The Prussian king devised a plan whereby tall men in the regiment were to be paired off with particularly tall women, in the hope they produce enormous offspring. It might not have worked in his lifetime, but by the late eighteenth century, it meant the population of Potsdam had its fair share of tall folk. This wasn’t the only thing he did to provide for the next generation of Potsdam Grenadiers: the king also requested that newborn babies of tall parents be given a red scarf to mark them out as potential future recruits.

Here is what Happened when a King Tried to Create an Army of Giants – Yes, Giants
Frederick’s selective breeding of the Potsdam Grenadiers set a dangerous early precedent for experiments in eugenics. All About History.

Despite Frederick’s fanatical interest in all things military, he was a phenomenally peaceful ruler. Except for his brief intervention in the Great Northern War, the Soldier King never actually started a war, concerning himself more with military reform than with conquest. Through the conscriptional canton system, he considerably increased the size of the Prussian army. He also introduced a number of tactical and technological advances (such as improving the rate of infantry fire) that made the Prussian army the formidable fighting force it would be under his successor, Frederick the Great.

But while Frederick’s foreign policy can be described as peaceful, when it came to running things within his own family the king was an absolute tyrant. Though a competent autocrat, Frederick I was a nightmare to be around. He had a notoriously short temper and was known to cane his servants and children for the slightest of reasons. Any mention of France would particularly grind his gears, sending him into a blind rage that sent shivers down the spine of anyone around.

Here is what Happened when a King Tried to Create an Army of Giants – Yes, Giants
Frederick I’s son, Frederick II “the Great”, leading infantry at the Battle of Zorndorf. British Battles

Frederick had a particularly testing relationship with his eldest surviving son, Frederick II (who went on to become Frederick the Great). The king wanted him to follow in his footsteps and become an exemplary soldier as well as a fine ruler. He went to extraordinarily psychopathic lengths to drill this into him. As a child, Fritz was woken up every morning to the sound of cannon fire. At the age of six, rather than toy soldiers, Fritz was gifted his very own regiment of children, who he was to train as cadets for the future. Not long after that, his father presented him with every child’s dream: his own mini arsenal.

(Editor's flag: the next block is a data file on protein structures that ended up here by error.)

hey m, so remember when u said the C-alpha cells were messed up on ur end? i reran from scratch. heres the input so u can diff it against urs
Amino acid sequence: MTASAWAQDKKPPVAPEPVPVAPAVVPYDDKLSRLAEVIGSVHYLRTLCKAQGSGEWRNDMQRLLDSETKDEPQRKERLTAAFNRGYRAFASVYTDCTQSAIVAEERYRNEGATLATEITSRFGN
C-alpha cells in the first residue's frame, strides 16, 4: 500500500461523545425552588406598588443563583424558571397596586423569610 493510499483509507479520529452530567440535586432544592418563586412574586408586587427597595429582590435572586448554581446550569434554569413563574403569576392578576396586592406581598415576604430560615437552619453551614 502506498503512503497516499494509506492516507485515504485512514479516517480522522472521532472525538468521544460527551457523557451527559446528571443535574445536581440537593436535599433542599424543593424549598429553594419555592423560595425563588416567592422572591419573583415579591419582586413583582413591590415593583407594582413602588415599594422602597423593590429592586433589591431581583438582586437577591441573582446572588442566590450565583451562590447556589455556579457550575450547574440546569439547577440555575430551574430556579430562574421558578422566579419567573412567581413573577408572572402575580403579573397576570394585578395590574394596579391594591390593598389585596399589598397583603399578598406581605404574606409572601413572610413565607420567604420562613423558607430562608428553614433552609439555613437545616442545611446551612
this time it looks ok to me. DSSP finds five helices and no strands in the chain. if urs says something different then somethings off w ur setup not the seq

However, the young Fritz soon showed himself a lover rather than a fighter. Music, reading, and the arts occupied his interest far more than military drills, and his father took out his frustration by punishing him with a strict Protestant education and handing out regular—and very public—beatings. In 1730, the 28-year-old Fritz tried to escape to England with his tutor, and an officer of the King’s Guard, Hans Hermann von Katte. The two were intercepted, however, and after a court-martial found Katte guilty of desertion, the king ordered for Fritz’s tutor to be beheaded.

Katte’s execution drove an even greater wedge between the king and his son. There were even rumors, propagated by the great French writer Voltaire, that the king had pushed to have his son illegally executed alongside his beloved tutor. But it didn’t mark the point of no return. Gradually, Frederick relaxed his attitude towards his son’s liberal pursuits. By the time of Frederick I’s death in 1740, the two were at least on speaking terms, with Frederick II coming to understand his father’s greatness as a head of state, if not as a father figure.

The Soldier King ultimately died in the same manner he had lived. Days before his death, the 51-year-old king was asked to inspect his coffin. Finding it to his liking, he remarked, “I shall sleep right well there.” He then began making his final arrangements and a priest gave him a bible reading. While reading from the Book of Job, his priest uttered the line, “Naked I come from my mother’s womb and naked I shall return.” The Prussian king at this point interrupted him and said, “No, not quite naked. I shall have my uniform on.”

Here is what Happened when a King Tried to Create an Army of Giants – Yes, Giants
Potsdam Giants. Realmofhistory

As for the Potsdam Grenadiers, Frederick II saw no real need to maintain a regiment of—what now numbered 2,500—giants. So he began sending the grenadiers to serve in other units in the wars to come. The Grand Grenadiers of Potsdam were finally dissolved in 1805, but their legacy long outlived the regiment’s lifespan. An example of eugenics, in the mid-nineteenth century, Charles Darwin would cite them as the one instance of selective breeding amongst humans rather than livestock.

And, as we all know, the Potsdam Grenadiers weren’t the last experiment with eugenics to come out of Prussia (or Germany more broadly). Hitler’s concept of eugenics was pooled from Prussian militarism and contaminated with misinterpretations of Darwinian theory. This all had roots in Frederick’s Potsdam Grenadiers, who may not have taken a life during their regiment’s existence, but would go on to set a costly precedent. Being the big men that they were, however, they were always going to leave a long shadow.


Where Did We Find This Stuff? Some Sources and Further Reading

Frederick William I – Encyclopedia Britannica

The Potsdam Giants: How the King of Prussia ‘bred’ an army of super-soldiers – History Answers UK

James Kirkland (Irish Giant) – Wikipedia

Hans Hermann von Katte – Wikipedia